Chris Cianciulli opened his Red Mango shop at 721 Franklin Ave. in Franklin Square back in 2013 — when the popular frozen yogurt franchise was just starting to pick up steam.
At the time, there were roughly 32 Red Mango stores on Long Island. Now 10 years later, Cianciulli’s shop is one of three remaining in the region.
He and his staff celebrated this 10-year milestone on May 13 alongside several elected officials and Franklin Square community members.
“We’re the sole survivor — the little Red Mango that could on Long Island,” Cianciulli said. “It’s just a great area in Franklin Square and Elmont, it’s where I grew up, and the people are really very supportive.”
Before he opened his Red Mango store, Cianciulli said he had been volunteering for local political campaigns and worked at a headquarters located in the Eastern Meat Farms shopping center. He met a landlord of a tanning salon who was looking for a new owner.
Seeing it was a successful business, Cianciulli took over the tanning salon for about a year, until he was hit with a federal tanning tax and decided to close. He still had a 10-year lease on the space and needed to figure out how to fill it. That’s when he discovered Red Mango.
“There was really no yogurt for five or six miles at that time -- Rockville Centre was probably the closest and there was really nothing,” Cianciulli said. “I met with all different people and franchises, and I liked Red Mango the best.”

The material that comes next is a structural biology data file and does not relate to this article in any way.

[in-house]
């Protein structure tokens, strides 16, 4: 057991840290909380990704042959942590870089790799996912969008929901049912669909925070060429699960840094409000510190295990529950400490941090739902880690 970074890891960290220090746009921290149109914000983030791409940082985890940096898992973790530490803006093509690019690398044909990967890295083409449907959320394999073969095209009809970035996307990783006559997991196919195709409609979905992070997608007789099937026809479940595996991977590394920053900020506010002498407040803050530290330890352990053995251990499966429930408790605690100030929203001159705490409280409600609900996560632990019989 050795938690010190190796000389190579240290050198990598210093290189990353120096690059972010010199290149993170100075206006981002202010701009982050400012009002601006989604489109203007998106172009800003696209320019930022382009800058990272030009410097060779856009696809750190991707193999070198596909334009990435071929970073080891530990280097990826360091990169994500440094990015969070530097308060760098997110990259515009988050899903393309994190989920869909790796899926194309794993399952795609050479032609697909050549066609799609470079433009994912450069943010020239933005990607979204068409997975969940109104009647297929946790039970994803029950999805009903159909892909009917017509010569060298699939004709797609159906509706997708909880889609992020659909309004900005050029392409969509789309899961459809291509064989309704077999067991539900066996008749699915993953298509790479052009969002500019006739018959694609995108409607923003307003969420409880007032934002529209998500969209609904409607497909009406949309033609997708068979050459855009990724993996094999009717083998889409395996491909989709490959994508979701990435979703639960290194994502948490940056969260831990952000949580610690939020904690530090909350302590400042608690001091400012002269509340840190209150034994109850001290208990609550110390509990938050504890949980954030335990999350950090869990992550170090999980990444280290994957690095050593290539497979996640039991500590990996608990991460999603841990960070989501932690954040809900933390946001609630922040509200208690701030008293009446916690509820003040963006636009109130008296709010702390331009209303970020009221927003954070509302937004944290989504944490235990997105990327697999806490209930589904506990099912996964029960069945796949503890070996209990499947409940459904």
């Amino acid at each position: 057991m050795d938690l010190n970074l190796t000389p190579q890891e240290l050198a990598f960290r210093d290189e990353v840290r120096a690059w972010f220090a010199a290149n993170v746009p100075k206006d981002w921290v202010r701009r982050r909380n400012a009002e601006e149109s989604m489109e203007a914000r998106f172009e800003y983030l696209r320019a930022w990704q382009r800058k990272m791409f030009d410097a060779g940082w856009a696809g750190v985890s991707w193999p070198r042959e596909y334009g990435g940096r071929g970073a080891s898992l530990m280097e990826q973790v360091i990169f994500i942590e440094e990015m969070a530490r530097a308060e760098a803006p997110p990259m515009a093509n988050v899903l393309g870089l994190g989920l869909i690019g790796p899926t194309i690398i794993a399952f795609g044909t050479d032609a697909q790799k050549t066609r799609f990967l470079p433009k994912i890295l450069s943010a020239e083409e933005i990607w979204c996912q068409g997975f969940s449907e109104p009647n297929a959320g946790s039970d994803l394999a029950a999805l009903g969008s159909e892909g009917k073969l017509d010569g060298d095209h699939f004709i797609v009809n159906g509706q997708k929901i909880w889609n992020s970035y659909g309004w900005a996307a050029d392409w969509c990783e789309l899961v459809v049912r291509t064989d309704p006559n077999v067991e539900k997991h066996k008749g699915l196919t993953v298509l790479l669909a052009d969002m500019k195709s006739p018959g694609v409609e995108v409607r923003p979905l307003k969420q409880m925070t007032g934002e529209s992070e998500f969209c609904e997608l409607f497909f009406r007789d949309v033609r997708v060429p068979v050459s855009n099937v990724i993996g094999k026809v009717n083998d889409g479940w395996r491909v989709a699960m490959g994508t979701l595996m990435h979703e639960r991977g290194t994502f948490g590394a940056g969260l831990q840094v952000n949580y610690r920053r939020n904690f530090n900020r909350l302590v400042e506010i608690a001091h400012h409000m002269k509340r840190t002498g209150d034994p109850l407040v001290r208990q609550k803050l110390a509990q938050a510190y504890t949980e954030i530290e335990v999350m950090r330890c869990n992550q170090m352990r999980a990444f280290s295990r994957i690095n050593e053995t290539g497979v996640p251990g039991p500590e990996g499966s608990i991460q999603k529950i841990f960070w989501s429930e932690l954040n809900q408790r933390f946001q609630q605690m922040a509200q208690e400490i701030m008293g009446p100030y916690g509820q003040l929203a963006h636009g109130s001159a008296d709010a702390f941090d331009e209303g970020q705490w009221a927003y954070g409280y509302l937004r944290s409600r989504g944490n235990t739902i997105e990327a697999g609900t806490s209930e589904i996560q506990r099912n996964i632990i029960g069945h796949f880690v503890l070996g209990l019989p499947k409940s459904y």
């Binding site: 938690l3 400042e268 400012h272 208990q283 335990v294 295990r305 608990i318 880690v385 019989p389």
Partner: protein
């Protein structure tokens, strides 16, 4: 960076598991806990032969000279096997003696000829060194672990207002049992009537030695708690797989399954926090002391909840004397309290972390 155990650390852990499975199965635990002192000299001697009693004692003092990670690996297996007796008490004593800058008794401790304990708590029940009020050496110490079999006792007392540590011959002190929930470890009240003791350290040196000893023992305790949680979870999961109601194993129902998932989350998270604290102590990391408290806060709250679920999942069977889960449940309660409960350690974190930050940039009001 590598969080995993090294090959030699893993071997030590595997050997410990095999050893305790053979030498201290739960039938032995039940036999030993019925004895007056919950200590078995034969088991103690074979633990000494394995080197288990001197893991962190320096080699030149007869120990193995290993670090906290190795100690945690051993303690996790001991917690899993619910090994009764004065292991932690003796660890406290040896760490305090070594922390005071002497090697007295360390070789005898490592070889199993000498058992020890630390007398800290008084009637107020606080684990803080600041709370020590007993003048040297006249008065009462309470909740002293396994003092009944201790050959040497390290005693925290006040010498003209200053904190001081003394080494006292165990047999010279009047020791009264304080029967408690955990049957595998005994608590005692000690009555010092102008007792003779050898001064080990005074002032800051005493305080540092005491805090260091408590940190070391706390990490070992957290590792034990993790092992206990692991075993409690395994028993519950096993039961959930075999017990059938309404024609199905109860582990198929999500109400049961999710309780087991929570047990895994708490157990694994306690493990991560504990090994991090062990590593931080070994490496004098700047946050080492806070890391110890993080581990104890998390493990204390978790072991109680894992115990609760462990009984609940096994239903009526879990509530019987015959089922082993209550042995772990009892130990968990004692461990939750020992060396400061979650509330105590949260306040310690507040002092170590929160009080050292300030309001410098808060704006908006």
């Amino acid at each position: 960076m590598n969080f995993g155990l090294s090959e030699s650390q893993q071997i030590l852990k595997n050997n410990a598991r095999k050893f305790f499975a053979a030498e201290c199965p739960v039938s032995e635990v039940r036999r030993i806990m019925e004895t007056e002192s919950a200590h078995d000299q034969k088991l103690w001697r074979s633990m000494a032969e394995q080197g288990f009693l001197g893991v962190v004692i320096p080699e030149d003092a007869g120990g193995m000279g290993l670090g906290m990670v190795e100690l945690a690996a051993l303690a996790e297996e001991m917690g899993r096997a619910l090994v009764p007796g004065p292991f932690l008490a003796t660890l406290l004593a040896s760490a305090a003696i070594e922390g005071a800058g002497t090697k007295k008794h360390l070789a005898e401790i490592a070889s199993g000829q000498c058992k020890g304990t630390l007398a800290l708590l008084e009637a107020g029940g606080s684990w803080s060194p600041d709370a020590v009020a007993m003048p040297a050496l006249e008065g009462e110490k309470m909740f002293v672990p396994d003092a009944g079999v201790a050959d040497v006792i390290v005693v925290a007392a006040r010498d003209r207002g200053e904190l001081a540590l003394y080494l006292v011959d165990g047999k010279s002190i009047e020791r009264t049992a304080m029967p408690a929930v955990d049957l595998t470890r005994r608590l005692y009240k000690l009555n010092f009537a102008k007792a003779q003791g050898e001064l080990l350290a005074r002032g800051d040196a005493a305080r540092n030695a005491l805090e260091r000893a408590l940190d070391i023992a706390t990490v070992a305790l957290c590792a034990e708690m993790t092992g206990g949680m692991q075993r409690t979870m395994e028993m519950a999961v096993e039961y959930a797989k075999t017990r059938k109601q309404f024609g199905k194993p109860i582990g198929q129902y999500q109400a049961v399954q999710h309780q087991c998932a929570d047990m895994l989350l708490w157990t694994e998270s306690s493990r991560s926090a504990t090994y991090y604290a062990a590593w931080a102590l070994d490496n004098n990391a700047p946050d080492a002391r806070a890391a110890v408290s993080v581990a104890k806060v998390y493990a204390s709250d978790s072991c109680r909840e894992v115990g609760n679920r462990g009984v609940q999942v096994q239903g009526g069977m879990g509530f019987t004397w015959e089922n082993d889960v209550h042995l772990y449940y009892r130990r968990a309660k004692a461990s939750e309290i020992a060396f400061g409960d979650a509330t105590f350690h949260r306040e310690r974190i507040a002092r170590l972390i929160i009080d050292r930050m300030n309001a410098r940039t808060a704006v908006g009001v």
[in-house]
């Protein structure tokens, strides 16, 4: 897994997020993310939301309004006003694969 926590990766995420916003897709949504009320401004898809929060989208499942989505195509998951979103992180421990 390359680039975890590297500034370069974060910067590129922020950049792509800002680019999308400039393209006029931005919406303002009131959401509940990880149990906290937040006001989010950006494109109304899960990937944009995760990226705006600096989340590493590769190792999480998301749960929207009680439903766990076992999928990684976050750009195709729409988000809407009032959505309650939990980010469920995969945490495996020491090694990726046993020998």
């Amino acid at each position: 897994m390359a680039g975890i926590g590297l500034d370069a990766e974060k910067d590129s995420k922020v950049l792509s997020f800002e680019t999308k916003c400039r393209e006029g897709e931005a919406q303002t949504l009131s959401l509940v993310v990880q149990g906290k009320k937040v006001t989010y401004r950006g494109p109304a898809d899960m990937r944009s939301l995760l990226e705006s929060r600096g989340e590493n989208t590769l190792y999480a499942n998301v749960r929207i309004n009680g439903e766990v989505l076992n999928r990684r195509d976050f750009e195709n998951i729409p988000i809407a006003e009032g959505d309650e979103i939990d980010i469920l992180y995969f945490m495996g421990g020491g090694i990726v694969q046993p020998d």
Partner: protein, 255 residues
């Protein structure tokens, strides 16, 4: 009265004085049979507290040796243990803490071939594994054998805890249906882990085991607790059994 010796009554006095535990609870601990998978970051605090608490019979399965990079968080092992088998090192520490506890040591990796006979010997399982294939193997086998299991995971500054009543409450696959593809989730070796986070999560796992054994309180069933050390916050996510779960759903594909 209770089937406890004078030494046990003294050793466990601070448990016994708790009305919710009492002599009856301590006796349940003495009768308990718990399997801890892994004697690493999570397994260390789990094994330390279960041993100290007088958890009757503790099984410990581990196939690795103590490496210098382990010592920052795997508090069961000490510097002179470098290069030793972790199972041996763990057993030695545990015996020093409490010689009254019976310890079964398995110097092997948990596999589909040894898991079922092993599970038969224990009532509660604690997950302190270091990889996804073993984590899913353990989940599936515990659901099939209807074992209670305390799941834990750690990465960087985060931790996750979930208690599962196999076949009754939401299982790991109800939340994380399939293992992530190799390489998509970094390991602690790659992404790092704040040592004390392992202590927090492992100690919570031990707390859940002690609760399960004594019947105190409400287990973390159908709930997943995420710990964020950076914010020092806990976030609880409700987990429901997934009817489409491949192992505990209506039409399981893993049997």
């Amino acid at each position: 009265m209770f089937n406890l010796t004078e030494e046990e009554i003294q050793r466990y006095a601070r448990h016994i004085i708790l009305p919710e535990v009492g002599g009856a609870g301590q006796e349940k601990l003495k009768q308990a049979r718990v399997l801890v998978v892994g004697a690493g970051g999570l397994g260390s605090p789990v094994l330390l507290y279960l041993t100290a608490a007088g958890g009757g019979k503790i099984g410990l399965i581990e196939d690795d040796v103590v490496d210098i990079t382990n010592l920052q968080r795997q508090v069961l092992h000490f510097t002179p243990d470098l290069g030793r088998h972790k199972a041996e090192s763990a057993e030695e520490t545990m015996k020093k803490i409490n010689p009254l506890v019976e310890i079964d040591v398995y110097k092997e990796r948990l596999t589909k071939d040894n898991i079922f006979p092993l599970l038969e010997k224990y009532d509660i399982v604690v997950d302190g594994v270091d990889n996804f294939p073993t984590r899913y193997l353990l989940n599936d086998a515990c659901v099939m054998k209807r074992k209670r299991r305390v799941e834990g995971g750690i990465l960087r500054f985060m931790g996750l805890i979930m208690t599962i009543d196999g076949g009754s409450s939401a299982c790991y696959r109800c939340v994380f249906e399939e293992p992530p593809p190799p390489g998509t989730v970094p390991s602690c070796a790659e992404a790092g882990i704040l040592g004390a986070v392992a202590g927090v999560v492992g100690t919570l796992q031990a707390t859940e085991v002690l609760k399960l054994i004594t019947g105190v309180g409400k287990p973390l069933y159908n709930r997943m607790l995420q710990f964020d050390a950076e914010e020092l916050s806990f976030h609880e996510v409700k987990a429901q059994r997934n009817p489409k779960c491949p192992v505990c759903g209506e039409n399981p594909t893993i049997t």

Cianciulli said he has faced some challenges along the way – Hurricane Sandy and the Covid-19 pandemic among them – but many rewarding moments outweighed the obstacles, he said.
During the height of the pandemic, the Franklin Square Red Mango gave out discounts and free items to all the hospitals, EMTs, first responders, police officers, veterans and more.
Over the past decade, the Red Mango has employed hundreds of young people from Franklin Square, Elmont, Valley Stream and West Hempstead.
Growing up in Elmont, Cianciulli said as a teenager he worked at “every single store on Dutch Broadway.” Whether it was the local pizza shop or pharmacy, he said, he didn’t take these first jobs for granted.
For many of the kids Cianciulli has hired, Red Mango was their first job. To this day, he runs into former employees who tell him the impact their time working at Red Mango has made on the rest of their professional lives.
“I learned the value of a dollar; I think it really builds character,” Cianciulli said. “How you take your first job is how you’re going to be at anything.”
Cianciulli’s advice for prospective entrepreneurs is to be willing to work and pay attention to their business. Building a strong reputation in the community is also crucial.
“If you go in my store, you’ll see every little league we sponsor, every raffle at the schools -- we give money to everybody and gift cards to everybody who asks,” Cianciulli said. “The fact that we survived and 32 other stores did not shows you how my employees worked and how we ran the store.”